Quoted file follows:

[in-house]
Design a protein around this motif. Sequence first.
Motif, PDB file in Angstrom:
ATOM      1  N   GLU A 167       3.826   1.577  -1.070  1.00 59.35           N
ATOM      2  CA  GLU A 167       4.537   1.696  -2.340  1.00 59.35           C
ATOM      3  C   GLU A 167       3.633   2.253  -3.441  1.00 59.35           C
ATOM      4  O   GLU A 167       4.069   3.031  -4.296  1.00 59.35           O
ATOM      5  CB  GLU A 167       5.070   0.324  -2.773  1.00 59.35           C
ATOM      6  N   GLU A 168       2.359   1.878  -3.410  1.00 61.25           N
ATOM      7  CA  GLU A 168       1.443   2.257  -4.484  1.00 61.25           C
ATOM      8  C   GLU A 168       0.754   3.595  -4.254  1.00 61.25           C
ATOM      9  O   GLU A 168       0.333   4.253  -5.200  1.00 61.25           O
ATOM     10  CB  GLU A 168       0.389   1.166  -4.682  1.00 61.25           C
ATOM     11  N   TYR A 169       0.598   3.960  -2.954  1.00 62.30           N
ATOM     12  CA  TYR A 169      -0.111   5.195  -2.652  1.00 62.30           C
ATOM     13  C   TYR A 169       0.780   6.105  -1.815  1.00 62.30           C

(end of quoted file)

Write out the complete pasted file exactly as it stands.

[in-house]
Design a protein around this motif. Sequence first.
Motif, PDB file in Angstrom:
ATOM      1  N   GLU A 167       3.826   1.577  -1.070  1.00 59.35           N
ATOM      2  CA  GLU A 167       4.537   1.696  -2.340  1.00 59.35           C
ATOM      3  C   GLU A 167       3.633   2.253  -3.441  1.00 59.35           C
ATOM      4  O   GLU A 167       4.069   3.031  -4.296  1.00 59.35           O
ATOM      5  CB  GLU A 167       5.070   0.324  -2.773  1.00 59.35           C
ATOM      6  N   GLU A 168       2.359   1.878  -3.410  1.00 61.25           N
ATOM      7  CA  GLU A 168       1.443   2.257  -4.484  1.00 61.25           C
ATOM      8  C   GLU A 168       0.754   3.595  -4.254  1.00 61.25           C
ATOM      9  O   GLU A 168       0.333   4.253  -5.200  1.00 61.25           O
ATOM     10  CB  GLU A 168       0.389   1.166  -4.682  1.00 61.25           C
ATOM     11  N   TYR A 169       0.598   3.960  -2.954  1.00 62.30           N
ATOM     12  CA  TYR A 169      -0.111   5.195  -2.652  1.00 62.30           C
ATOM     13  C   TYR A 169       0.780   6.105  -1.815  1.00 62.30           C